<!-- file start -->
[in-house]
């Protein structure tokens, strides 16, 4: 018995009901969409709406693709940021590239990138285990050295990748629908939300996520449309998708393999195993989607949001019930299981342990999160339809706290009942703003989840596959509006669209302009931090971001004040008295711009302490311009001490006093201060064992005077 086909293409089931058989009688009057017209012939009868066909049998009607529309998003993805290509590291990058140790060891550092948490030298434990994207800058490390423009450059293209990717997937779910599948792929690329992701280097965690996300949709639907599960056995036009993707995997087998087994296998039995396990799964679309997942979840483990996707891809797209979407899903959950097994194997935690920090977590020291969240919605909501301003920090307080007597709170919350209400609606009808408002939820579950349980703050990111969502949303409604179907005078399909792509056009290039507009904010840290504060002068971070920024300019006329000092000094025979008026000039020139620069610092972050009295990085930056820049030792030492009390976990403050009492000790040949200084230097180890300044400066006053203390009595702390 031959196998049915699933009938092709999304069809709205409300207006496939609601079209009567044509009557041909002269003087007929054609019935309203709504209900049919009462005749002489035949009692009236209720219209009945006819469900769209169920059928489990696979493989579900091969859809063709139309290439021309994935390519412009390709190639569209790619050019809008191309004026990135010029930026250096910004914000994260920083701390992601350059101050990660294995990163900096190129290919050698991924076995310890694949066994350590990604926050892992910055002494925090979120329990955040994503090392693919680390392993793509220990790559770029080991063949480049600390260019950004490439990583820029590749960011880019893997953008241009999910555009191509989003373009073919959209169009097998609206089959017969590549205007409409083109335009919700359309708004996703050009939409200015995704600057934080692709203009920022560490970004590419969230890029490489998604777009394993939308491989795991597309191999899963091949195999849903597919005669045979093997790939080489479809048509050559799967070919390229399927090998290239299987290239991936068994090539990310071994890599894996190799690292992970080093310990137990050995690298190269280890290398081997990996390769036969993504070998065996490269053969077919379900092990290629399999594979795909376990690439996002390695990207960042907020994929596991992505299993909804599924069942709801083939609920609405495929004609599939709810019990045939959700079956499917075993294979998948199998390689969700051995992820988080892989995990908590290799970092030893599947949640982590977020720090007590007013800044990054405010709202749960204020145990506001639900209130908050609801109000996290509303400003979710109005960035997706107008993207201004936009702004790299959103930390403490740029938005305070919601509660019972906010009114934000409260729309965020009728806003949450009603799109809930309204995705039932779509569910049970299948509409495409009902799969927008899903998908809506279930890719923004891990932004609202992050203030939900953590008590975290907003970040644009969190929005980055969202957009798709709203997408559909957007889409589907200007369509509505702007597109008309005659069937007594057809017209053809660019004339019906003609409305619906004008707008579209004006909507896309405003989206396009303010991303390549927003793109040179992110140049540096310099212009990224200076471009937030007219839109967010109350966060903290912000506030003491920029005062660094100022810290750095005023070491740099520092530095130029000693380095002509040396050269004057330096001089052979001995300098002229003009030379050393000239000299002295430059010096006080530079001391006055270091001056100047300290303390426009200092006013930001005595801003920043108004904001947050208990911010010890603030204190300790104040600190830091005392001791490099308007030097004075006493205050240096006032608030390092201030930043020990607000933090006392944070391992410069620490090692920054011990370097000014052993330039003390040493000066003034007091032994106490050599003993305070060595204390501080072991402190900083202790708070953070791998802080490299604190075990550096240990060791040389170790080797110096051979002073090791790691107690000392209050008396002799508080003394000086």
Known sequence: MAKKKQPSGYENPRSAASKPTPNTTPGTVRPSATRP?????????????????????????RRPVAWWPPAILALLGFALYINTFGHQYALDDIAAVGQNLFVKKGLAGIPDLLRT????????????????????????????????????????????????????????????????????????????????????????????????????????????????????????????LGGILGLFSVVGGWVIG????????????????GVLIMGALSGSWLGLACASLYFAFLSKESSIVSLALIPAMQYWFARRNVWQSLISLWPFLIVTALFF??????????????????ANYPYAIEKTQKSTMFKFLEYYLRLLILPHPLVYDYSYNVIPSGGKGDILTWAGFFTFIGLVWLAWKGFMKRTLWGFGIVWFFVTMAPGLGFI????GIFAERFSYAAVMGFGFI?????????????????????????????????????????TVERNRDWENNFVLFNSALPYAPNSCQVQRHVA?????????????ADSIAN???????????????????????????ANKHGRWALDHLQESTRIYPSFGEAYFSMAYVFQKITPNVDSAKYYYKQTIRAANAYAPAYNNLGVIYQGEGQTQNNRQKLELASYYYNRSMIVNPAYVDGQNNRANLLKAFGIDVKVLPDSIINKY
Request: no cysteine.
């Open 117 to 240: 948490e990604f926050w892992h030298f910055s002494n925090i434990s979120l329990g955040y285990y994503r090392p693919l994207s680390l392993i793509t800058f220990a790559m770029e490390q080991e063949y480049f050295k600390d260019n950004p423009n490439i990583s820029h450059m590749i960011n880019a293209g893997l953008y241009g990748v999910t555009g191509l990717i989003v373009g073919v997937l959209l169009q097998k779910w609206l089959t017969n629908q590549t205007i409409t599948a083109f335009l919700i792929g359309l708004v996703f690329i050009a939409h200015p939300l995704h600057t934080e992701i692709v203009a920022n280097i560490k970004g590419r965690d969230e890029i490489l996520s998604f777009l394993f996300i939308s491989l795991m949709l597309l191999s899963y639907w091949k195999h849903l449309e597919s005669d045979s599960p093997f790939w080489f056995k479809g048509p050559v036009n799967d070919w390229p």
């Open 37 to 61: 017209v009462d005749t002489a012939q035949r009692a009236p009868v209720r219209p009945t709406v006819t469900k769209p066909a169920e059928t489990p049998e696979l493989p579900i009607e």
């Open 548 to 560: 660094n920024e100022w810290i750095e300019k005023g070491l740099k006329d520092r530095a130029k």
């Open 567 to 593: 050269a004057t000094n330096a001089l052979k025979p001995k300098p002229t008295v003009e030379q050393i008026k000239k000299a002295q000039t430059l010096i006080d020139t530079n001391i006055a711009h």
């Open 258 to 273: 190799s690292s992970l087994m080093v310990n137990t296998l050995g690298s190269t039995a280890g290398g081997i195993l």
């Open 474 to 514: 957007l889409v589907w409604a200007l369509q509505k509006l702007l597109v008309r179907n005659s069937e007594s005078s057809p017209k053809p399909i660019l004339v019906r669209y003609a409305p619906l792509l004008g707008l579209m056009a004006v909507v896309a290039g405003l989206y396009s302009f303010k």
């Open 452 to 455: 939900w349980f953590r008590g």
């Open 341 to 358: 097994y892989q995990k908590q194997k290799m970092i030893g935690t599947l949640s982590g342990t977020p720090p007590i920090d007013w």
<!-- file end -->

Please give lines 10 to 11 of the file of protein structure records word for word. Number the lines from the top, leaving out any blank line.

């Open 474 to 514: 957007l889409v589907w409604a200007l369509q509505k509006l702007l597109v008309r179907n005659s069937e007594s005078s057809p017209k053809p399909i660019l004339v019906r669209y003609a409305p619906l792509l004008g707008l579209m056009a004006v909507v896309a290039g405003l989206y396009s302009f303010k």
């Open 452 to 455: 939900w349980f953590r008590g």